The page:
GMB organizer Amanda Gearing said the application will be resubmitted once the number of union members is adequate.

“People still have the same energy about this controversy,” she said, adding that the group will move forward as soon as possible. The union announced on Monday that 30 more workers had joined.

Amazon said reports that it had 1,400 employees in Coventry did not originate with it, denying claims it hired workers in recent months to thwart union proposals.

“We regularly recruit new team members throughout the year around the country, providing exciting new career opportunities for thousands of people and meeting customer demand,” said Amazon spokesperson Tim Hobden. there is,” he said. “This year is no exception.”

Amazon respects “the right of employees to join or not join a union,” he said. “We offer competitive salaries, comprehensive benefits and career advancement opportunities while working in a safe and modern work environment.”

He said Amazon raised the minimum wage by 10% in the past nine months, and raised the minimum wage in August and March.

The strike continued this week in Coventry, although the movement to recognize trade unions has stalled.

In an earlier strike action about two weeks ago, warehouse workers began gathering outside the gates before 6:30 am. Over the next two hours, union members encouraged their colleagues to drive into the warehouse to slow down, open the windows, and pick up the leaflets. If possible, stop the car, get out of the car, and register on the spot. Reflecting the warehouse’s diverse and large immigrant workforce, the leaflet offers information in eight languages, including Polish, Somali, Romanian and Hindi.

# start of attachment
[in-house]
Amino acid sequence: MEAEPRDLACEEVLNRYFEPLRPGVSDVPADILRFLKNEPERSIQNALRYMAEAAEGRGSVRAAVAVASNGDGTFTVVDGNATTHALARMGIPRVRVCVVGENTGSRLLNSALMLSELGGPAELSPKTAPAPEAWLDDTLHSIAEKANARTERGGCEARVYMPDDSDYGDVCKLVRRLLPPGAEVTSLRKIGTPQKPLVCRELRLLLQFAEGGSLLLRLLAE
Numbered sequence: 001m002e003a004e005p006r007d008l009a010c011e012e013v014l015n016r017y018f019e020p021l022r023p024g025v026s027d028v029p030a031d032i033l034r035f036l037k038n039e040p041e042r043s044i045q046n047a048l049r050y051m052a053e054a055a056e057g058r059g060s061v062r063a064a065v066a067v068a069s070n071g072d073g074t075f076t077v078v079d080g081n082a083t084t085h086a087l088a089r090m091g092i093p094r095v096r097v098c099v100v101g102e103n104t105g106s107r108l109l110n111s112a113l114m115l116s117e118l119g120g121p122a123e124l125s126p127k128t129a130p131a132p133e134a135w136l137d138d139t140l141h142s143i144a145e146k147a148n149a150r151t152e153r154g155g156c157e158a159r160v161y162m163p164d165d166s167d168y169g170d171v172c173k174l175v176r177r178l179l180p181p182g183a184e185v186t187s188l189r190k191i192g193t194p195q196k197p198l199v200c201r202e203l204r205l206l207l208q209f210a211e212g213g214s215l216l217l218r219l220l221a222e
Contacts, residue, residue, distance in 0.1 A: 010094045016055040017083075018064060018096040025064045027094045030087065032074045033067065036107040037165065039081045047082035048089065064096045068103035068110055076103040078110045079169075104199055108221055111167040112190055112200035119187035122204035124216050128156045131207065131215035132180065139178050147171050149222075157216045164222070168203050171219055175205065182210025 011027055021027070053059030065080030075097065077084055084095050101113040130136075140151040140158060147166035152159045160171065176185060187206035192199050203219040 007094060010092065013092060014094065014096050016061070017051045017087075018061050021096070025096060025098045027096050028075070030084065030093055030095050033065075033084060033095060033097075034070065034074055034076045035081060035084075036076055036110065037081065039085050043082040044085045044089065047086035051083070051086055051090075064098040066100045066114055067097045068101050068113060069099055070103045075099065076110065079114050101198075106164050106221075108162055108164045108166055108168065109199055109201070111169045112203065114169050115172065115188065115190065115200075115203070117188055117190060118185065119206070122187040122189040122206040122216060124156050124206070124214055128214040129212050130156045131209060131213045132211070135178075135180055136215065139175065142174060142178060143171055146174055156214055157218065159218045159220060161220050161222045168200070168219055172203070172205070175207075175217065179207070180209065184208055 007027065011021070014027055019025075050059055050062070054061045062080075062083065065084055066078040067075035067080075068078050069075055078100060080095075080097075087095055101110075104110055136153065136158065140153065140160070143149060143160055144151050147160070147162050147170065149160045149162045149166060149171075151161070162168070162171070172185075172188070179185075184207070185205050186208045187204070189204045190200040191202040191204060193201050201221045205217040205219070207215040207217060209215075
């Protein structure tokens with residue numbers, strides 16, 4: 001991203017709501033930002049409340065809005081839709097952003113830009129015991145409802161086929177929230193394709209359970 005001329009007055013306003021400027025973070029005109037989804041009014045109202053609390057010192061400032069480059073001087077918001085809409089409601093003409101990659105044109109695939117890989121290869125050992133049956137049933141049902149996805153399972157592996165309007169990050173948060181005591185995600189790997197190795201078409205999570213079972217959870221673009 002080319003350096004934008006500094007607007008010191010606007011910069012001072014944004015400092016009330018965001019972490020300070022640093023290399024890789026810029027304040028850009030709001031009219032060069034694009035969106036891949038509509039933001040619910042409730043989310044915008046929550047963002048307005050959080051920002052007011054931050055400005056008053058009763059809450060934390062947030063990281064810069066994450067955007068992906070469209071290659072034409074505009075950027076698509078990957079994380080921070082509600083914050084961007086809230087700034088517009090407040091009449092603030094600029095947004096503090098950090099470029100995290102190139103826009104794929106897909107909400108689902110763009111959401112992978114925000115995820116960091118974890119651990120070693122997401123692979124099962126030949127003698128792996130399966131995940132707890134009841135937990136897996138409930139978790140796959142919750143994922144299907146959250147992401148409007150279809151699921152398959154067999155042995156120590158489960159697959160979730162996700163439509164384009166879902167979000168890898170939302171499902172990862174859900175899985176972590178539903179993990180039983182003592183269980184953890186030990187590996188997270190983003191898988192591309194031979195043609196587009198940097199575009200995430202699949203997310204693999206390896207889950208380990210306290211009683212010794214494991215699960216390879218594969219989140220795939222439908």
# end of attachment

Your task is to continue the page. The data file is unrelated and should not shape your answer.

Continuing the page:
“They expect more, more, more from us, and they give us nothing,” said Kasia, one of the warehouse workers distributing the leaflets. She asked to only reveal her name for fear of retaliation from Amazon management. She said she joined the union last year because she had a problem with her manager and she was unhappy with the way she handled it.

On the picket line, many workers said the same thing. “We work hard.” Their efforts — especially during the worst of the coronavirus pandemic, when demand for Amazon’s services surged — weren’t rewarded properly, he said. Instead, there is a relentless focus on productivity, with strict policies that include management warnings rather than sympathy for absences due to injuries, employees said.

The efforts to organize in Coventry came despite union membership in the UK dropping to 6.25 million last year, the lowest since 2017. Union membership is less than half of its 1979 peak of 13.2 million. However, the number of union members by industry has been increasing since last summer. There has been more activity across Britain than at any time in the last 30 years, with the departure of nurses, doctors, rail workers, teachers and others causing significant disruption to public services.

Jane Holgate, a professor of labor and employment relations at the University of Leeds, said: “When workers see other groups of workers engaging in industrial action besides themselves, it makes a difference.” . It brings “a broader sense of solidarity with workers who are suffering as much as we are”. He added that many workers calculated that they “don’t have much to lose” because inflation is rising far faster than wages.

Still, trade union activity can be difficult. A vote to authorize strikes at Amazon sites in Ruggley and Mansfield, in the same Midlands region as Coventry, was defeated last week. The GMB union he started organizing in Ruggley ten years ago.

Coventry is the furthest Amazon employee’s organizing effort of any company in the UK, but it may still have a long way to go.

In addition to pay increases, some workers who went on strike in Coventry last month want improved health and safety procedures, given quicker tasks such as sorting and lifting packages. Stated.

“They say safety comes first. said after feeling that he was not working on “Productivity is number one.”